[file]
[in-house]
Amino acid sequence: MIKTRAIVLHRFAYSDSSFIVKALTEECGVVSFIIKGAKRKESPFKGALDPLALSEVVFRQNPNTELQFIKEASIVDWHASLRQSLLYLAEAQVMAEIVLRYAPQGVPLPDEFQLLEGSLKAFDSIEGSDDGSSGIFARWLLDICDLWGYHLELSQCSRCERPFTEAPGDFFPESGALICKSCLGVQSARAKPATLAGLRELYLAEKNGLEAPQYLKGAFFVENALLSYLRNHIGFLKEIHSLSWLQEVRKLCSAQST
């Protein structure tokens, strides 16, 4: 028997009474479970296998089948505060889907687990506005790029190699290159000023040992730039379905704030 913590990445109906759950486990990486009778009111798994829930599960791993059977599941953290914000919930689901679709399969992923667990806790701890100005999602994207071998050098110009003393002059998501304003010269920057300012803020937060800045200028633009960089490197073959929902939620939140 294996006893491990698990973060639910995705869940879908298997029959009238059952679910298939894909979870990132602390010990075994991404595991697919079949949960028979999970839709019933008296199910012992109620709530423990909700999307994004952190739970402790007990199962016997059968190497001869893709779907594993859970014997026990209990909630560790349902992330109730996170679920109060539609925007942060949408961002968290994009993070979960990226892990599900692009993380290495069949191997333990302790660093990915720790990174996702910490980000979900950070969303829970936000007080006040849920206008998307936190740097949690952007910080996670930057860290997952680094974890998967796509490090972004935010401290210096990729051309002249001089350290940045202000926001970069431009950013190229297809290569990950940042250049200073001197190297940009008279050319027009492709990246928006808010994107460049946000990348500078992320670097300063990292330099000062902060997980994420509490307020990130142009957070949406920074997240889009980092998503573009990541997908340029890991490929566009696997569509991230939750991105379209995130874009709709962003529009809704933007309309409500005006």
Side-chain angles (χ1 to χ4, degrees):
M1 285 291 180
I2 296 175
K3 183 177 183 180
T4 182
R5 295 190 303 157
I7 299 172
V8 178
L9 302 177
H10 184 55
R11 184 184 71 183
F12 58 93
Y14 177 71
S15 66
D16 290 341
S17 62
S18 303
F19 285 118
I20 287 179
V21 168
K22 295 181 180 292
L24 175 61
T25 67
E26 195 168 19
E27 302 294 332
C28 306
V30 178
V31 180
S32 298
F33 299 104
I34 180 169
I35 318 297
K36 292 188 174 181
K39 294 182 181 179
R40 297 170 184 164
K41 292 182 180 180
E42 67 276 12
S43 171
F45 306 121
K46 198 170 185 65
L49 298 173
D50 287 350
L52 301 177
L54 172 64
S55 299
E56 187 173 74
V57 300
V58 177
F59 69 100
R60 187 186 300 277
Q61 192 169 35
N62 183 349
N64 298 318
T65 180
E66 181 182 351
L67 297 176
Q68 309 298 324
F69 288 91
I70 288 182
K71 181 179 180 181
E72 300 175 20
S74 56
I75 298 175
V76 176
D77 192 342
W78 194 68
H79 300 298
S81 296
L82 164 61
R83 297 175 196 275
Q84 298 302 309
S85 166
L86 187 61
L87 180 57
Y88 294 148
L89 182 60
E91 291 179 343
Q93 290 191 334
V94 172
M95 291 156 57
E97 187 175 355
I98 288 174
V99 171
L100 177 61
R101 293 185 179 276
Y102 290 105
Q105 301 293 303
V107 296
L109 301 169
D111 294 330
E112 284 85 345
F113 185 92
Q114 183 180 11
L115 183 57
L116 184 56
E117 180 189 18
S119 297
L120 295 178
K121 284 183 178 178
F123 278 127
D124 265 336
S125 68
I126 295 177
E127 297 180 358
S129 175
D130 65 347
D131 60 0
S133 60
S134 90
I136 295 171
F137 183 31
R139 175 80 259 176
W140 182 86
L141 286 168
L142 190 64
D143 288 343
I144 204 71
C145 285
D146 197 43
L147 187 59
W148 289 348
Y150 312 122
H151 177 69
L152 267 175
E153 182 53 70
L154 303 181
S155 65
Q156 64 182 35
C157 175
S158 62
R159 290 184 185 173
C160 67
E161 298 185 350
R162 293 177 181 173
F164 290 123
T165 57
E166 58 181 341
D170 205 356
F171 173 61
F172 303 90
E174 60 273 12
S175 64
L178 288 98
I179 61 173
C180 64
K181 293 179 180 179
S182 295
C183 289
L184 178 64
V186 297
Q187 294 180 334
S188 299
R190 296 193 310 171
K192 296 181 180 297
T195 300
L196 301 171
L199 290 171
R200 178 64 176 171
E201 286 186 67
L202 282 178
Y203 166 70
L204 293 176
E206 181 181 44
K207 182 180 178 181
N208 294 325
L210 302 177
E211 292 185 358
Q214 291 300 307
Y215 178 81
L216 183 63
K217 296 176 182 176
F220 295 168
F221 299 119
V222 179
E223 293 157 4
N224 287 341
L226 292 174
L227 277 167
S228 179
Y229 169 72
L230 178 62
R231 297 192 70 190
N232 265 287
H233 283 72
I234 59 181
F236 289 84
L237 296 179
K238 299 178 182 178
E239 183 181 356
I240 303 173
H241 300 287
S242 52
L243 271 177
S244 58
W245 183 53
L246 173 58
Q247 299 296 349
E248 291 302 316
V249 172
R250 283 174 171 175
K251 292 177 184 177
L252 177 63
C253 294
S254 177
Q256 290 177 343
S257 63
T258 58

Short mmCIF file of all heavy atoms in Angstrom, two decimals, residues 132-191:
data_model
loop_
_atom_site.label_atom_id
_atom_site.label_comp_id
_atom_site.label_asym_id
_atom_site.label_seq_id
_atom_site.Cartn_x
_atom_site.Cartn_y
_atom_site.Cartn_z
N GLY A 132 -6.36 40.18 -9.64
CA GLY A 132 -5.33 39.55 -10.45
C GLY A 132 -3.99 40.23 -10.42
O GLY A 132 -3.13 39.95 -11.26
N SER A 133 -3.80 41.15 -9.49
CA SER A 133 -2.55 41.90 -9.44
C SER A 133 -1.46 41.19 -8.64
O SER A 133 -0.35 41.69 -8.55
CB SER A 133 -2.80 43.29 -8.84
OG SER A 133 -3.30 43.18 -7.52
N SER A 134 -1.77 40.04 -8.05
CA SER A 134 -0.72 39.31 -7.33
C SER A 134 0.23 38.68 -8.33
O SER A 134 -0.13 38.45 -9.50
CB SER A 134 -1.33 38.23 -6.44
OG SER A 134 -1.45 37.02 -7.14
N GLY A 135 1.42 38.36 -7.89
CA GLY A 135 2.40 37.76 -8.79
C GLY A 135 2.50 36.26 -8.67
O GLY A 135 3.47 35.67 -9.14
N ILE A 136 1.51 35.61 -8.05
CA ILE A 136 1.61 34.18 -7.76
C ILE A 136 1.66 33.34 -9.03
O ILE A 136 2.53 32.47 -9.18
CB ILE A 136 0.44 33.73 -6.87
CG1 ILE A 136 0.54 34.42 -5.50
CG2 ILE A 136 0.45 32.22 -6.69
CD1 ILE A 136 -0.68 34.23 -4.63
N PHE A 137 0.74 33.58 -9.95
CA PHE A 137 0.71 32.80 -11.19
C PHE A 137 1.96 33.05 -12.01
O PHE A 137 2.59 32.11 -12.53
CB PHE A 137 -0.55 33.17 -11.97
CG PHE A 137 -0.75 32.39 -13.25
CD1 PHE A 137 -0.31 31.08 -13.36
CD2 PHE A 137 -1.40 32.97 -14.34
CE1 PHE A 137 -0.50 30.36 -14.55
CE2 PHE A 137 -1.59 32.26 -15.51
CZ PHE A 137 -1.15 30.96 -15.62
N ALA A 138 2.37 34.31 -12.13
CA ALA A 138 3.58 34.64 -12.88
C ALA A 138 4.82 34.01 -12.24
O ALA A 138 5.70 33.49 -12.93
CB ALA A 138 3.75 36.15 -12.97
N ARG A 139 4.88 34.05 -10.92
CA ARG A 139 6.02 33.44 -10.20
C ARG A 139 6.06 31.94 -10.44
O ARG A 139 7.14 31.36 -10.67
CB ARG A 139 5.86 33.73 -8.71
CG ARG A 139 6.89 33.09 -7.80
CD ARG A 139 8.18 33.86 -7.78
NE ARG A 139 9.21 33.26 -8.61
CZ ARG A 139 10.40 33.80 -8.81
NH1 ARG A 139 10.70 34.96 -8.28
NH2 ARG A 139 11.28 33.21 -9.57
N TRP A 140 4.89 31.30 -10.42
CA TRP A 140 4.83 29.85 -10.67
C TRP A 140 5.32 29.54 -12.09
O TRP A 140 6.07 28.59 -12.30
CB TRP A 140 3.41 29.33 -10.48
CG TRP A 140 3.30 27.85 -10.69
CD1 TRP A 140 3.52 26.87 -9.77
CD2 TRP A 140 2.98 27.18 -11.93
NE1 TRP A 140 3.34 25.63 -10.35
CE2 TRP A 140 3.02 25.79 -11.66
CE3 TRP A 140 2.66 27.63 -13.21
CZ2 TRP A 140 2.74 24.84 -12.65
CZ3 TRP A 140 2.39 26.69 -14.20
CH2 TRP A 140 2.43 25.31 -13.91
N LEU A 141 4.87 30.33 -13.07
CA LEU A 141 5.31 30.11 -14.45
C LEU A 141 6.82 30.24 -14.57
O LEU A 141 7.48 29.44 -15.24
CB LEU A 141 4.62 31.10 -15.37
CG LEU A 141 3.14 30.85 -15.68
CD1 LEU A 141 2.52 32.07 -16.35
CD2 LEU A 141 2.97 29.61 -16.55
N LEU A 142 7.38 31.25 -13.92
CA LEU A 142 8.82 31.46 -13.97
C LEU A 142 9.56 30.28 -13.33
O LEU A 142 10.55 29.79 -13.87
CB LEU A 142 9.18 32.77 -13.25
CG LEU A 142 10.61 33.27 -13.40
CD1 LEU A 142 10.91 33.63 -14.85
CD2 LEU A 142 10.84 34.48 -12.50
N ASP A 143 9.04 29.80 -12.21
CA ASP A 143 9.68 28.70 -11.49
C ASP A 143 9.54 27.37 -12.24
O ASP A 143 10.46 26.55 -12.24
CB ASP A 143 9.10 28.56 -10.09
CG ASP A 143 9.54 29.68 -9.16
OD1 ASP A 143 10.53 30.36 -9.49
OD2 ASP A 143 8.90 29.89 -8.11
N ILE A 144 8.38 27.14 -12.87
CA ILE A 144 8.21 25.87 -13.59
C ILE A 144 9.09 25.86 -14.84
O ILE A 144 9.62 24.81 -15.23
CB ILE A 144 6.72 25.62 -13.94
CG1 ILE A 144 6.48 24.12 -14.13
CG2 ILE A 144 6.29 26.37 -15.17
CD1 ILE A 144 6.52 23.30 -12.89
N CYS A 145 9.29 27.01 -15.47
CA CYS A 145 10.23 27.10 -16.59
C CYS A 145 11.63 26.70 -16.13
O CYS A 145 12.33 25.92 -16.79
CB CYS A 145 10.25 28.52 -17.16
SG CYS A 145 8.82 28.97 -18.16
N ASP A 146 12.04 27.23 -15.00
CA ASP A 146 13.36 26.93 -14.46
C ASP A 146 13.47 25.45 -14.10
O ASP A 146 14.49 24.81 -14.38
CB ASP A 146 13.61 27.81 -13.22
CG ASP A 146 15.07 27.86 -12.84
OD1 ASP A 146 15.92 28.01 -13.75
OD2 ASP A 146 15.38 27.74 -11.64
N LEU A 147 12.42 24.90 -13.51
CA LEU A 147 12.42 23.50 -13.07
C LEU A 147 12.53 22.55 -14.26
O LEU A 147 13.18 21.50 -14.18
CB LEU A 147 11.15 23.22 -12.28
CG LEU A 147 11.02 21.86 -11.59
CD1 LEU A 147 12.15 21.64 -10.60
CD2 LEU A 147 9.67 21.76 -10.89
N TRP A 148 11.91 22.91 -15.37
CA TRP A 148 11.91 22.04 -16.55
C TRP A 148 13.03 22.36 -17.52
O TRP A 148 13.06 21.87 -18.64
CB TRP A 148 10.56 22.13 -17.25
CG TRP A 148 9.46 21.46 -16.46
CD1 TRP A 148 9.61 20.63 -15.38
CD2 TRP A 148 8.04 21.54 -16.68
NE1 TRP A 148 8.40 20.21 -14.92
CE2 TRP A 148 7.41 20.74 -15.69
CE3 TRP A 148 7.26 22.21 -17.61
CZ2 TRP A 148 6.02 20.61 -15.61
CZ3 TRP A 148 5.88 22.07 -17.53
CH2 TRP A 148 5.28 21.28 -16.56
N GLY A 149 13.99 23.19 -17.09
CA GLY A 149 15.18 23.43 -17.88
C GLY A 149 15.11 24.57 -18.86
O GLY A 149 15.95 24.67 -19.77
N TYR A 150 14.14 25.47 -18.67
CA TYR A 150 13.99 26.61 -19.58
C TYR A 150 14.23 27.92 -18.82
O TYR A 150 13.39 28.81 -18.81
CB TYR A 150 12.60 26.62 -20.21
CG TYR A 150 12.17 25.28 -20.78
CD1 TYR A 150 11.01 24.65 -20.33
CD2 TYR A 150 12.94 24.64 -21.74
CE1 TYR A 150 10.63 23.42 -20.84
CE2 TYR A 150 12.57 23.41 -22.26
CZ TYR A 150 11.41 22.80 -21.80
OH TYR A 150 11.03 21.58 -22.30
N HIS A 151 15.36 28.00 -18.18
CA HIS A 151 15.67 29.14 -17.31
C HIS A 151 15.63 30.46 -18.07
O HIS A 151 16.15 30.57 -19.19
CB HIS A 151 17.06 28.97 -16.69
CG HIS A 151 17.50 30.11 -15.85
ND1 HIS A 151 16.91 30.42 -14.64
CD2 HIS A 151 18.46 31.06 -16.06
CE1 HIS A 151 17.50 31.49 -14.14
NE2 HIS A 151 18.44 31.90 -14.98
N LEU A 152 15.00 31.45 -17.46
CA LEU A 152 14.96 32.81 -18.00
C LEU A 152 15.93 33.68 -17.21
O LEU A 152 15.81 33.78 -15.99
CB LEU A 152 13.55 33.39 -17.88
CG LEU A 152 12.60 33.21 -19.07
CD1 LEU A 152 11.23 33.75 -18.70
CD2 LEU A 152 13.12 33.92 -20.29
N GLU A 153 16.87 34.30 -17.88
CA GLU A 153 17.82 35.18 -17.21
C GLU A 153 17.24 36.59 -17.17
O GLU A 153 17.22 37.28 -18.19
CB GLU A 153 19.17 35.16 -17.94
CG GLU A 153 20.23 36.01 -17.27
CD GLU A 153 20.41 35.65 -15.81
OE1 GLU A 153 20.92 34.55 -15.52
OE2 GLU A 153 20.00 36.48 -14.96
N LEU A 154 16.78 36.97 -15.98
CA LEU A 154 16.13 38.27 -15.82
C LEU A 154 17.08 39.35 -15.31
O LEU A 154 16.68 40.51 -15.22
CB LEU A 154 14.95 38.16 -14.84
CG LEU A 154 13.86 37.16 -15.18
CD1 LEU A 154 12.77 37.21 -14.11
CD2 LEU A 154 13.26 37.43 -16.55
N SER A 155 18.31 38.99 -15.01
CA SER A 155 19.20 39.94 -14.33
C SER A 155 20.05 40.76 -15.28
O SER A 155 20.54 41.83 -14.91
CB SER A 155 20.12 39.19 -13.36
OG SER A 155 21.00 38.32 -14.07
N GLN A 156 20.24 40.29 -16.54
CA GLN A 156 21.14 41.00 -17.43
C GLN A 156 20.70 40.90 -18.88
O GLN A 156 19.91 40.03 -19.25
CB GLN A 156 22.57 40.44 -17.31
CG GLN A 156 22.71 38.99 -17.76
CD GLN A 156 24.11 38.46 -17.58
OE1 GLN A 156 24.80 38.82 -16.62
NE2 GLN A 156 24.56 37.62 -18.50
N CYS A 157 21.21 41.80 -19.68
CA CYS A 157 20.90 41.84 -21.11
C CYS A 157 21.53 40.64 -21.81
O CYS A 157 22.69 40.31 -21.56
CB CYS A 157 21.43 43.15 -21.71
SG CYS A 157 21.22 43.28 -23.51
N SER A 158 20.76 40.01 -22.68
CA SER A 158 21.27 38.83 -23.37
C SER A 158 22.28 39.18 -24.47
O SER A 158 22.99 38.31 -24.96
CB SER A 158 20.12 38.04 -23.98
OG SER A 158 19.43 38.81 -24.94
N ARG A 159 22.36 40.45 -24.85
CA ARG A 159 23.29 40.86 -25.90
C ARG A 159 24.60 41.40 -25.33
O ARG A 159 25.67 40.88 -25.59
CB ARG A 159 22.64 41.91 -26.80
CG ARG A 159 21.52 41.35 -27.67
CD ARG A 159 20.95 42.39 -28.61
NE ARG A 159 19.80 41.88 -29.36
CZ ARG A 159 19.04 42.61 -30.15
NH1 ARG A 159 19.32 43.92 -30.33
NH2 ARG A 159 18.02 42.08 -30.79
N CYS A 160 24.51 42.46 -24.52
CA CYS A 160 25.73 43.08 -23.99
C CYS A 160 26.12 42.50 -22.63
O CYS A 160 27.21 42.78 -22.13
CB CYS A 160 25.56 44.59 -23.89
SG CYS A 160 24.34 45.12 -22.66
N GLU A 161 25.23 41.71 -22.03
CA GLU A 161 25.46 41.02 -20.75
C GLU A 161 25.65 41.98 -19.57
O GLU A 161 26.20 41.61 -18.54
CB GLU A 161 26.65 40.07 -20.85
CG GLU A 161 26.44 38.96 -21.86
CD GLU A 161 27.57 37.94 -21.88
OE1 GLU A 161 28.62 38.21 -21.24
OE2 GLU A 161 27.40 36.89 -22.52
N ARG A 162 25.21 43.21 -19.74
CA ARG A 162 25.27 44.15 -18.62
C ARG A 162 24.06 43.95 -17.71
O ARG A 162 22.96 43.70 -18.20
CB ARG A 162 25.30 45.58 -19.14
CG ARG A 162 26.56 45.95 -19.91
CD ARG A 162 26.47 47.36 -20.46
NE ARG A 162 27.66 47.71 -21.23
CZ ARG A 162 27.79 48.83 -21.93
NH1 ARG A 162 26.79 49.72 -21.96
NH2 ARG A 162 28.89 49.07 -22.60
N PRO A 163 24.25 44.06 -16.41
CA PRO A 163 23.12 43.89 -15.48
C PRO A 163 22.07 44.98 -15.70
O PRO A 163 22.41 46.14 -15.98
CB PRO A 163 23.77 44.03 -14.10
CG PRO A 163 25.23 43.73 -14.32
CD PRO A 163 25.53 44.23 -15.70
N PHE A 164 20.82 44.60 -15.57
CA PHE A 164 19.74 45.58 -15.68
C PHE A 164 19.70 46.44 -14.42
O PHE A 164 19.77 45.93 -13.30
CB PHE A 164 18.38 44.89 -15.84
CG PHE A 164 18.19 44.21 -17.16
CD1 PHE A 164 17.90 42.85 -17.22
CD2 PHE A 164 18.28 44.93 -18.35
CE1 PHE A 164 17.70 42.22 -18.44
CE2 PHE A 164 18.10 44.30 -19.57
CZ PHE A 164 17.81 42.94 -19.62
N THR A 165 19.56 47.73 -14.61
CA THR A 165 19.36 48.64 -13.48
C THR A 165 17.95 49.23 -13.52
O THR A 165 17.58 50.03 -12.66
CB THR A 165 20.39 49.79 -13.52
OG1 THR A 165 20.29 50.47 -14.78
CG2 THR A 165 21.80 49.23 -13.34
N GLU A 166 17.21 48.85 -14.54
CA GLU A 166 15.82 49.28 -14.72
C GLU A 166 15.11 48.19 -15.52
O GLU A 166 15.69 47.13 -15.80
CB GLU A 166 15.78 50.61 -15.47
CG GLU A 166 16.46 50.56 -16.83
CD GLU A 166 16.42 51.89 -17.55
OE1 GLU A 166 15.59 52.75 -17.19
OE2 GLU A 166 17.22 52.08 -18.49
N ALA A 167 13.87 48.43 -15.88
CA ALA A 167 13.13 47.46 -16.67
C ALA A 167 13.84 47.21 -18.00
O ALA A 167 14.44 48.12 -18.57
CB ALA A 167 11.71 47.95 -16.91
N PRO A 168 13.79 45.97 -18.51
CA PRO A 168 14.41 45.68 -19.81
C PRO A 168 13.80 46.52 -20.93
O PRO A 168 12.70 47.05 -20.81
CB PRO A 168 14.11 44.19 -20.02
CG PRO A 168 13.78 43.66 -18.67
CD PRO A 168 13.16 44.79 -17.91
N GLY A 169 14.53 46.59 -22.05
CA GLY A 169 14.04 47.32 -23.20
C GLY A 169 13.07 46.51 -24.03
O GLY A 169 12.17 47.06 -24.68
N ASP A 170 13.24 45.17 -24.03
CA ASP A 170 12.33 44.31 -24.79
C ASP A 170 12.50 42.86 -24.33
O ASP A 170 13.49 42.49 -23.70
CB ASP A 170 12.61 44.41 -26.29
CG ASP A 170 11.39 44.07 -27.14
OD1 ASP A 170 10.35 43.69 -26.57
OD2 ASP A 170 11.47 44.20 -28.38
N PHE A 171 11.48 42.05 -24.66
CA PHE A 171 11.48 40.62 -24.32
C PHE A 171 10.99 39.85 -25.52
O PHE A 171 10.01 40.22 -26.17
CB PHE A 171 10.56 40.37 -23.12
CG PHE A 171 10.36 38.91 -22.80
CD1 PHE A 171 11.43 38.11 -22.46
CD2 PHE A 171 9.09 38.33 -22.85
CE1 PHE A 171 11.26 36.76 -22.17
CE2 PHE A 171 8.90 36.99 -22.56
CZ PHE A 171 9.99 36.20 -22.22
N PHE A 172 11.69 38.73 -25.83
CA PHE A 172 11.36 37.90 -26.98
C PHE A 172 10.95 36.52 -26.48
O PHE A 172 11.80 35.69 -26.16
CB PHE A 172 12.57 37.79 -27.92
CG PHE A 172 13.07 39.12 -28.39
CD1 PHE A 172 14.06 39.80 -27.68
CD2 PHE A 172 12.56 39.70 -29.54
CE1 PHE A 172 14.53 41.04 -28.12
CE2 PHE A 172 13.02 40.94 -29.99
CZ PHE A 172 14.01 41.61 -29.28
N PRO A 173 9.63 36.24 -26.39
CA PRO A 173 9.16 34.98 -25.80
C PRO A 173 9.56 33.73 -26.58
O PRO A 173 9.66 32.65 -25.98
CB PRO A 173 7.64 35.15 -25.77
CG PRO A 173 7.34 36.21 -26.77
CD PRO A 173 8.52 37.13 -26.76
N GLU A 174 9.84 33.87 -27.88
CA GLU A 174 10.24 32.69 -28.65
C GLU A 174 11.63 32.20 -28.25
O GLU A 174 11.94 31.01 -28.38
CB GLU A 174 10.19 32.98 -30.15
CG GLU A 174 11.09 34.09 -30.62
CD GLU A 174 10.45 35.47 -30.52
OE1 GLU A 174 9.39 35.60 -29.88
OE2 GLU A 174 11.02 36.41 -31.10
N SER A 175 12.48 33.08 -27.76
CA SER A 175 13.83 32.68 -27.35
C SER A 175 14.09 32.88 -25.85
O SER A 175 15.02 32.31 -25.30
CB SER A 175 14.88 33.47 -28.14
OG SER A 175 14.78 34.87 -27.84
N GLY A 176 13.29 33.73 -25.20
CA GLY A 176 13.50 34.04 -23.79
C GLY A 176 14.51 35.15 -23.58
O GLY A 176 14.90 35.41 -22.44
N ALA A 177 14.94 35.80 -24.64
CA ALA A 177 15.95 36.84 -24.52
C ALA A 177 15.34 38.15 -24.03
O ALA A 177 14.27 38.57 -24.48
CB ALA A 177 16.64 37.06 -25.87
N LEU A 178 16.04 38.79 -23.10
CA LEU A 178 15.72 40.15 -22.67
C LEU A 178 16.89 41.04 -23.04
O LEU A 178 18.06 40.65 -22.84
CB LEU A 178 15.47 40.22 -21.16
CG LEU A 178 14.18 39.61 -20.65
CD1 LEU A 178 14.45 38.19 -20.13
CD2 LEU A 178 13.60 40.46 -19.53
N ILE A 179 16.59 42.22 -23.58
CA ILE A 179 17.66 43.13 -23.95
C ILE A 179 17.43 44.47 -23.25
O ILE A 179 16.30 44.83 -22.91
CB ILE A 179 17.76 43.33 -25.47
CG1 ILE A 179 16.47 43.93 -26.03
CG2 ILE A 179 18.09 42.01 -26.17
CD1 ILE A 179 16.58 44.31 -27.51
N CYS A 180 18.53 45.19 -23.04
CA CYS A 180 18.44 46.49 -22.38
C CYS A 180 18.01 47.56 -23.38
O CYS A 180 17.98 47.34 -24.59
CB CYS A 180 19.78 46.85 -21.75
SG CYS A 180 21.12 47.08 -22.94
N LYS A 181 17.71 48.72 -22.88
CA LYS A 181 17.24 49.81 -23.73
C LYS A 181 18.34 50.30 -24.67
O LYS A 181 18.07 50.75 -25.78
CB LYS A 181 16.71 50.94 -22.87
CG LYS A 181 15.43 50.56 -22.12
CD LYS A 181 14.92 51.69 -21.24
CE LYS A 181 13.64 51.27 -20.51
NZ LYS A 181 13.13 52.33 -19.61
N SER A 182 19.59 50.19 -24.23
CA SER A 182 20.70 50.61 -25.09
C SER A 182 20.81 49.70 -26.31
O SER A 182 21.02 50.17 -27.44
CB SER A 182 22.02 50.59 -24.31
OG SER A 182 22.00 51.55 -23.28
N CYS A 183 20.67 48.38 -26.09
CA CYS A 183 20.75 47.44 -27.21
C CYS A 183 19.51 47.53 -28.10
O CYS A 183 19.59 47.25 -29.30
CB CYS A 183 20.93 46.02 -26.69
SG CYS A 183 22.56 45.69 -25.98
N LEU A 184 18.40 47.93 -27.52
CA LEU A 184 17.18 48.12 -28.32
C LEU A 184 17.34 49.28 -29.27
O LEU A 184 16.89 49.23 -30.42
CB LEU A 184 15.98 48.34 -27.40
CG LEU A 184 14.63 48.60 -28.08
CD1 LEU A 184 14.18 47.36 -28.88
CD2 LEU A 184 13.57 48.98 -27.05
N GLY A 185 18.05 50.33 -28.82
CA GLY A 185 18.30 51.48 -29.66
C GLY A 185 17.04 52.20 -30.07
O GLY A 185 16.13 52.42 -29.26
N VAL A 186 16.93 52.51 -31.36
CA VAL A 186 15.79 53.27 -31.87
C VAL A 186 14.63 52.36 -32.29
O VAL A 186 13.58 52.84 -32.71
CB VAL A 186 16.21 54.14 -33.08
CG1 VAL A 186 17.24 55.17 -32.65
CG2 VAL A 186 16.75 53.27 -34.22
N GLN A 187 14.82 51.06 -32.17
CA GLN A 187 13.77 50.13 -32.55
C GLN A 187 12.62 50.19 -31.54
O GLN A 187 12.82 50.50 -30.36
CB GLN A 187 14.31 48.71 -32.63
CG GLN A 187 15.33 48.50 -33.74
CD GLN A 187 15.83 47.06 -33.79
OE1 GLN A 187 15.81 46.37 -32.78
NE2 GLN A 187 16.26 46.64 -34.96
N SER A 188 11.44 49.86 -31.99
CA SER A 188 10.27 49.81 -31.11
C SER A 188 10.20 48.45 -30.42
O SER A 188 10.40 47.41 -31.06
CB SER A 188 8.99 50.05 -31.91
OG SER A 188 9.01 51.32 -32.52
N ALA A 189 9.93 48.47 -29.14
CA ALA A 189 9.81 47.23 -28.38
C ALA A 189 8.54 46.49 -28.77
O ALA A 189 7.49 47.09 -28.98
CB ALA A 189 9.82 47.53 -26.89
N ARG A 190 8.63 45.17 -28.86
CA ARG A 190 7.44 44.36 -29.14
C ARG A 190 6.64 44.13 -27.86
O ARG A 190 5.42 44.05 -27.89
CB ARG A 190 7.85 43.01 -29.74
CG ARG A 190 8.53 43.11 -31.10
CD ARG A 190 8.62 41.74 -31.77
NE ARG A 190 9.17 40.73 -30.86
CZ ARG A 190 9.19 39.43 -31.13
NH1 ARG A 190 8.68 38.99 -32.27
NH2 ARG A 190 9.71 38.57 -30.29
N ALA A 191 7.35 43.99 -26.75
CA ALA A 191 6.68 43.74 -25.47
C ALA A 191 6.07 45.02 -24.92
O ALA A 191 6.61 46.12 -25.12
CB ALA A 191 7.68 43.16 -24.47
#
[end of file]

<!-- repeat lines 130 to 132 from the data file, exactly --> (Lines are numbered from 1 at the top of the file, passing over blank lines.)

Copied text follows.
S155 65
Q156 64 182 35
C157 175